Bay Area Drivers Would Support Global Warming Gas Tax

A surprising poll shows that Bay Area residents -- who already pay the nation's highest gas prices -- would agree to a 25-cent gas tax if revenue were applied to reduce global warming. Efforts are underway to put that support to a vote.

Read Time: 2 minutes

November 8, 2007, 1:00 PM PST

By Irvin Dawid


"Would Bay Area residents, already saddled with the highest gas prices in the country, be willing to pay a 25-cent fee on a gallon of gas if the money were spent to reduce the effects of global warming? According to a new poll, the answer is an unresounding "yes."

"Preliminary findings indicate that Bay Area residents were "mostly willing to pay 25 cents more" (but opposed 50 cents) for a gallon of gas "if it would be used to limit or reduce global warming," according to a recent telephone poll commissioned by the Metropolitan Transportation Commission.

The residents also indicated they would want the additional revenue from such an increase to go toward providing more transit services and research into alternative fuels and cleaner engines, according to the memo".

"This poll question goes into a whole new territory in asking about climate change," said MTC spokesman John Goodwin, indicating that "the poll's purpose was to "gauge public attitudes" as the agency moves forward with its next 25-year regional transportation plan."

"According to reports, the most recent survey of gas prices across the country - released Nov. 4 - indicated San Francisco had the most expensive gas in the U.S. at $3.28 per gallon."

--

From Oakland Tribune:

"Both MTC and the Association of Bay Area Governments last week challenged area leaders to support an aggressive system to curb greenhouse gas emissions that included congestion fees and parking surcharges for driving in urban areas during peak hours to raise money and prod commuters toward public transit.

By far the most controversial proposal was a "carbon tax" on gasoline to both help area roadways' cash-starved maintenance programs and cut back on the number of miles traveled by area motorists." [See Planetizen related link].

"MTC staff is recommending, in a draft legislative program to be presented to the panel's Legislative Committee Friday, (Nov. 9) that commissioners seek state legislation "to amend our existing authority to levy a road user fee" on gasoline, requiring only a bare majority at the ballot box."

--

From BBC:

While an international poll shows that people are ready to change their lifestyles to reduce global warming, "opinion was split over tax rises on oil and coal - 44% against, 50% in favour...However, when people opposed to energy taxes were asked whether their opinion would change if the revenue from the taxes were used to increase energy efficiency or develop cleaner fuel, large majorities in every country were in favour of higher taxes."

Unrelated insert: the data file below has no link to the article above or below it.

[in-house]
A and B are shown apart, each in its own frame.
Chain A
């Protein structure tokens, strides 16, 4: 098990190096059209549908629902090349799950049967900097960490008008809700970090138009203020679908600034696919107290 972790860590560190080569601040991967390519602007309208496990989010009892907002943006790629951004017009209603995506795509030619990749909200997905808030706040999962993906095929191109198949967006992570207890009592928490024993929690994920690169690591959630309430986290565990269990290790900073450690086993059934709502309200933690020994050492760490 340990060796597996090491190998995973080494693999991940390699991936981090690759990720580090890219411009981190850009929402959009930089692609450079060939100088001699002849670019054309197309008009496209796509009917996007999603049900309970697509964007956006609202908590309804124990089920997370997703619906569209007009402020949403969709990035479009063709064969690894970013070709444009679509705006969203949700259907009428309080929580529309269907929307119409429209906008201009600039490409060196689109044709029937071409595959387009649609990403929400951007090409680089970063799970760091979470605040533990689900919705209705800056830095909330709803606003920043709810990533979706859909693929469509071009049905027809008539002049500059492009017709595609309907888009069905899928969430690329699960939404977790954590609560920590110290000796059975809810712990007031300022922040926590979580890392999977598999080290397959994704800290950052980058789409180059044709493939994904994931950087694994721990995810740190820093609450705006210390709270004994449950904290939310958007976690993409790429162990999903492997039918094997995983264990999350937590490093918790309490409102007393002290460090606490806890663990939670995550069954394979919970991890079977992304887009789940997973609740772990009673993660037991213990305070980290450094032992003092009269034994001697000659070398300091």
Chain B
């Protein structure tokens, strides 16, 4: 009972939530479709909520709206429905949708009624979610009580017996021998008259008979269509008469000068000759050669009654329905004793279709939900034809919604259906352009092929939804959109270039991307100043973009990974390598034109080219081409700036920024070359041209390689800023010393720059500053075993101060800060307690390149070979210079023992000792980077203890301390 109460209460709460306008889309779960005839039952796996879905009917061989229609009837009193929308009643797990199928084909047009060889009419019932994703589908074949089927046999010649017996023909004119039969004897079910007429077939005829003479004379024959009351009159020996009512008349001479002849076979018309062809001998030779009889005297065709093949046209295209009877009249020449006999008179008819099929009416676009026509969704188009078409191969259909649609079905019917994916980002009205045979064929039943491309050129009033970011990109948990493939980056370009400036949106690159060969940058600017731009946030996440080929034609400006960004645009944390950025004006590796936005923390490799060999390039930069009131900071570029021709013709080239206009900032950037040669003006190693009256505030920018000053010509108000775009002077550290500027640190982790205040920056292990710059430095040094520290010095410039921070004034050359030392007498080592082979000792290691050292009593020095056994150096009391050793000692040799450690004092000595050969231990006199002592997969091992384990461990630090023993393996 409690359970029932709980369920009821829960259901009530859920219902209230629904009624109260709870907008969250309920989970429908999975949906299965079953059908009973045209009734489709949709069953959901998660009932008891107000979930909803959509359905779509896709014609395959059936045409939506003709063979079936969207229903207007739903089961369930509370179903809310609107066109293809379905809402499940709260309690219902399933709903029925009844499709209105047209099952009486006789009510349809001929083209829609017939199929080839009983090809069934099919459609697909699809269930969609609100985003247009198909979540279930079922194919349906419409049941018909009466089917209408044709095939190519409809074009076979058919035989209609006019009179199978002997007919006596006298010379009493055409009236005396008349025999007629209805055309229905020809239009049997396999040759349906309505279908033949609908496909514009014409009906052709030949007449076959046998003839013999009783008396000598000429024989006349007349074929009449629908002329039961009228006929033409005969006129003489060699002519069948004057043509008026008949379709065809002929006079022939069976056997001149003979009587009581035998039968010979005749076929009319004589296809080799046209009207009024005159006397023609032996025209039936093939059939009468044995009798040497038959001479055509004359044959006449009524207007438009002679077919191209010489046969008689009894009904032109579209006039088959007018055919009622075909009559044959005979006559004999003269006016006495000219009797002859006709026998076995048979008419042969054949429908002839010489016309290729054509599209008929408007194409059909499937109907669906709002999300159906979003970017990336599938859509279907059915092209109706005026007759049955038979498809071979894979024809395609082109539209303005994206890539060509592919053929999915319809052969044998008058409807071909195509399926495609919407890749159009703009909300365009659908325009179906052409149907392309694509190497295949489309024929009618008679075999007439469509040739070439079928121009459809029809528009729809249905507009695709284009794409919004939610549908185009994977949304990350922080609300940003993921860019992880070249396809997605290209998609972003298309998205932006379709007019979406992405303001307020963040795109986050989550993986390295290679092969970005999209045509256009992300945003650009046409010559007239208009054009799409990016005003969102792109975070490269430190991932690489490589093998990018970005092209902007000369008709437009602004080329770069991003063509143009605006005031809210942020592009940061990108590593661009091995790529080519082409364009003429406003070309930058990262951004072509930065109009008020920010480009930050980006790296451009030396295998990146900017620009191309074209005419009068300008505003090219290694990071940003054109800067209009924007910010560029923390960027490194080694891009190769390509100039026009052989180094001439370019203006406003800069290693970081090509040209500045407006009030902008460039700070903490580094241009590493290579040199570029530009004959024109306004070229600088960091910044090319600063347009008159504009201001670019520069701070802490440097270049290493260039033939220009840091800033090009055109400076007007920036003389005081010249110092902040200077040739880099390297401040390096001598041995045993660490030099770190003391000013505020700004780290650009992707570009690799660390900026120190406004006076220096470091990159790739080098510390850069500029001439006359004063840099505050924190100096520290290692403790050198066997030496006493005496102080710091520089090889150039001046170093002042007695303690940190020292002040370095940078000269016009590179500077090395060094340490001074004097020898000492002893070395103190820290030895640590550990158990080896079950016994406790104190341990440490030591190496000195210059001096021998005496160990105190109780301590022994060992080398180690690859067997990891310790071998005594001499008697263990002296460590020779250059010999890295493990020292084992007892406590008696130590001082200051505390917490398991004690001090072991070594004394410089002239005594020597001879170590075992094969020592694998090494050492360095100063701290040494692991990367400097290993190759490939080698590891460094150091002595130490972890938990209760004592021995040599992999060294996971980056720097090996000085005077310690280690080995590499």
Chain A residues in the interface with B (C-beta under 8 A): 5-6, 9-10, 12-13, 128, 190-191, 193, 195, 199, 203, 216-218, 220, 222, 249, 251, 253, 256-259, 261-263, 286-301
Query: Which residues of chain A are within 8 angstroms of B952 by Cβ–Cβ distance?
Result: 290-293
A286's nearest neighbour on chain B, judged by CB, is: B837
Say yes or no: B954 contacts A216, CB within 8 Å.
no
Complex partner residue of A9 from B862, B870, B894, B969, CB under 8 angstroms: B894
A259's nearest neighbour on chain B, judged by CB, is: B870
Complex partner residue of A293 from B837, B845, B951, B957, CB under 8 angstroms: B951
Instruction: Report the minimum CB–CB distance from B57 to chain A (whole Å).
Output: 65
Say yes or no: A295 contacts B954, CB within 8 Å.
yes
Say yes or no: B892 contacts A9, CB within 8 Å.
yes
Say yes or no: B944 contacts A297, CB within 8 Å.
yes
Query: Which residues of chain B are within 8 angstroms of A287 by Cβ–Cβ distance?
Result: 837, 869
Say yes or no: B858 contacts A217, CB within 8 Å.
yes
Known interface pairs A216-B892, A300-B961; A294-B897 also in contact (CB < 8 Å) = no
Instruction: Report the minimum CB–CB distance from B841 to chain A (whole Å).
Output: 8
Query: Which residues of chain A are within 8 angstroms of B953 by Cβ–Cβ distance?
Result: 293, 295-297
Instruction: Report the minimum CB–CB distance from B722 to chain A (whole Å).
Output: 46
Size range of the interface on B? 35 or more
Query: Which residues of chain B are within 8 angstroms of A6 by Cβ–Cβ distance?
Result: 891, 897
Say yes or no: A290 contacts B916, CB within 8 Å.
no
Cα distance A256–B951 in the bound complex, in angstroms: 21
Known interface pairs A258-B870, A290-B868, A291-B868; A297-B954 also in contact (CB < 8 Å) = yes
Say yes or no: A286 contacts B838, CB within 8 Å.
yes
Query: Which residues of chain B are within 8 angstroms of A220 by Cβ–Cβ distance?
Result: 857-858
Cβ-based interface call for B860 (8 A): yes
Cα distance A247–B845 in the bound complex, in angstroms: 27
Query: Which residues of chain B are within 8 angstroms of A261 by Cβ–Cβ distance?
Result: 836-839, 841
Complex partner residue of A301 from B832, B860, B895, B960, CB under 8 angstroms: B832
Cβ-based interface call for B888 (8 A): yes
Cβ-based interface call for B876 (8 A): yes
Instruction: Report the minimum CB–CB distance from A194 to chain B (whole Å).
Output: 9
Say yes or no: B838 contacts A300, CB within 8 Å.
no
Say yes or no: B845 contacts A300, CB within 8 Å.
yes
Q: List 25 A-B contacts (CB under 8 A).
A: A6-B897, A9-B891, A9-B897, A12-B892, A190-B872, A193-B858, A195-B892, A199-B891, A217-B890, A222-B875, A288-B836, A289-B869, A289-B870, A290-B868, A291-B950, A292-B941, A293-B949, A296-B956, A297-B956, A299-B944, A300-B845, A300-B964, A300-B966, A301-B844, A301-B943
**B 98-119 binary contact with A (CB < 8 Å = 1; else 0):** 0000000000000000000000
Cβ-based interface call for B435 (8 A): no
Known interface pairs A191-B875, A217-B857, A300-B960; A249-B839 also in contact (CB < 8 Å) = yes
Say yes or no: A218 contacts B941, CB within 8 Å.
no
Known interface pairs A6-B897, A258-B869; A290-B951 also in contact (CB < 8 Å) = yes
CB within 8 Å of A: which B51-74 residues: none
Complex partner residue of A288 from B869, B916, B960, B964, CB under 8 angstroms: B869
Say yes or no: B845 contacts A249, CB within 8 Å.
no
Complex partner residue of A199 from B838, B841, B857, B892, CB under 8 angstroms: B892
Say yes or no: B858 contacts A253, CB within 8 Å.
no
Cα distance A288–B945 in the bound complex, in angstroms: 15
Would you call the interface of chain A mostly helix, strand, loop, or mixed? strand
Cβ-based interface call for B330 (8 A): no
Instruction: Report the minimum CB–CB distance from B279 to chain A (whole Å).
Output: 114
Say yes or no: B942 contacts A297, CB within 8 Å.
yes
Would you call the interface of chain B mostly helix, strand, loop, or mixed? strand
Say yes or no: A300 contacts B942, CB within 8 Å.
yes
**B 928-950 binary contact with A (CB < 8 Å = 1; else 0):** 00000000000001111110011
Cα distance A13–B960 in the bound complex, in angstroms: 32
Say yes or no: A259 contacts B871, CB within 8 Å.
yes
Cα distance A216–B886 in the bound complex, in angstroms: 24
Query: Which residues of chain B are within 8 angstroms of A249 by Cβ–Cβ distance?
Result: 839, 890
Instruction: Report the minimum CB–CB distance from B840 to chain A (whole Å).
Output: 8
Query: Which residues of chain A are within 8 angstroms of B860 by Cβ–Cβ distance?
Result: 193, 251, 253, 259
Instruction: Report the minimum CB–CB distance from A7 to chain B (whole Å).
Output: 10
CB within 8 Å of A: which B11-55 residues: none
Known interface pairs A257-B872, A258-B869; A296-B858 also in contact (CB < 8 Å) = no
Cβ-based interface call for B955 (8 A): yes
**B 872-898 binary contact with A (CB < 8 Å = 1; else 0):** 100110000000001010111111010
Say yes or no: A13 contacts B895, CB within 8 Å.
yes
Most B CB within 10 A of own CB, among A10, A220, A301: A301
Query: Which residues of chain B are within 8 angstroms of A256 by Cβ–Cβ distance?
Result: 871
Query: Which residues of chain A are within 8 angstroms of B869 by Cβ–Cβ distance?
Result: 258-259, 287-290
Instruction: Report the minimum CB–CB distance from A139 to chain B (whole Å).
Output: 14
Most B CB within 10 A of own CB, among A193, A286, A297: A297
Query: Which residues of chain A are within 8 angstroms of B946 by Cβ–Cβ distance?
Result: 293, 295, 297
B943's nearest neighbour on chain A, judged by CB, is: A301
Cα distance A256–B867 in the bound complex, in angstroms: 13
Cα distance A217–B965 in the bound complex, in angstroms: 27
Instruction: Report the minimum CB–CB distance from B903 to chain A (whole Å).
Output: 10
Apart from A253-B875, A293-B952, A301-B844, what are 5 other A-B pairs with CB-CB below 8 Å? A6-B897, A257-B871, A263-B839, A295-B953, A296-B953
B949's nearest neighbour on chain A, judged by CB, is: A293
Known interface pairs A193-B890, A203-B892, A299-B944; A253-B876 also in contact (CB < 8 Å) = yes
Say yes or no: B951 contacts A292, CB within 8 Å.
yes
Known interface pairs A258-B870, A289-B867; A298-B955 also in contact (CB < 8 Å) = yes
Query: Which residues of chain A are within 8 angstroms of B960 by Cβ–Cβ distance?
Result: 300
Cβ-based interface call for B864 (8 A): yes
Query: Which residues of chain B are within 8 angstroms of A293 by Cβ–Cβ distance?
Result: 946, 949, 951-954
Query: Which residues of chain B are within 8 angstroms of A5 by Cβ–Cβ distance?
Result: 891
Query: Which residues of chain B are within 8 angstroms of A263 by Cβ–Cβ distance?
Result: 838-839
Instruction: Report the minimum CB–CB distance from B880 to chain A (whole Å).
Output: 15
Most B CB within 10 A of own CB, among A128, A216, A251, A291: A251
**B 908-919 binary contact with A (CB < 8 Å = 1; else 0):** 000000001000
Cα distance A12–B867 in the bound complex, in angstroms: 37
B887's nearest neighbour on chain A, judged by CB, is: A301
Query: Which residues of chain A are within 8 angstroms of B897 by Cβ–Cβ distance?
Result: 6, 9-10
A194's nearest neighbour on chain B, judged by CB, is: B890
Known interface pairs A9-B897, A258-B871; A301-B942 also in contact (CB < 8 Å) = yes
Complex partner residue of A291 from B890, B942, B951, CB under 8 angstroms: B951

Thanks to Bob Maginnis

Tuesday, November 6, 2007 in San Francisco Examiner

Chicago Commute

The Right to Mobility

As we consider how to decarbonize transportation, preserving mobility, especially for lower- and middle-income people, must be a priority.

January 26, 2023 - Angie Schmitt

Sharrow bike markings on black asphalt two-lane road with snowy trees

Early Sharrow Booster: ‘I Was Wrong’

The lane marking was meant to raise awareness and instill shared respect among drivers and cyclists. But their inefficiency has led supporters to denounce sharrows, pushing instead for more robust bike infrastructure that truly protects riders.

January 26, 2023 - Streetsblog USA

View of stone-paved street with pedestrians and "Farmers Market" neon sign on left and old buildings on right in Seattle, Washington

Push and Pull: The Link Between Walkability and Affordability

The increased demand for walkable urban spaces could make them more and more exclusionary if cities don’t pursue policies to limit displacement and boost affordability.

January 27, 2023 - Smart Cities Dive

View of Tacoma, Washington with Mount Rainier in background

Tacoma Developing New Housing Policy

The city’s Home in Tacoma plan is designed to address the region’s growth and rising housing prices, but faces local backlash over density and affordability concerns.

1 hour ago - The Urbanist

Green alley under construction

A New Paradigm for Stormwater Management

Rather than shuttling stormwater away from the city and into the ocean as quickly as possible, Los Angeles is now—slowly—moving toward a ‘city-as-sponge’ approach that would capture and reclaim more water to recharge crucial reservoirs.

2 hours ago - Curbed

Aerial view of residential neighborhood in La Habra, California at sunset

Orange County Project Could Go Forward Under ‘Builder’s Remedy’

The nation’s largest home builder could receive approval for a 530-unit development under an obscure state law as the city of La Habra’s zoning laws hang in limbo after the state rejected its proposed housing plan.

3 hours ago - Orange County Register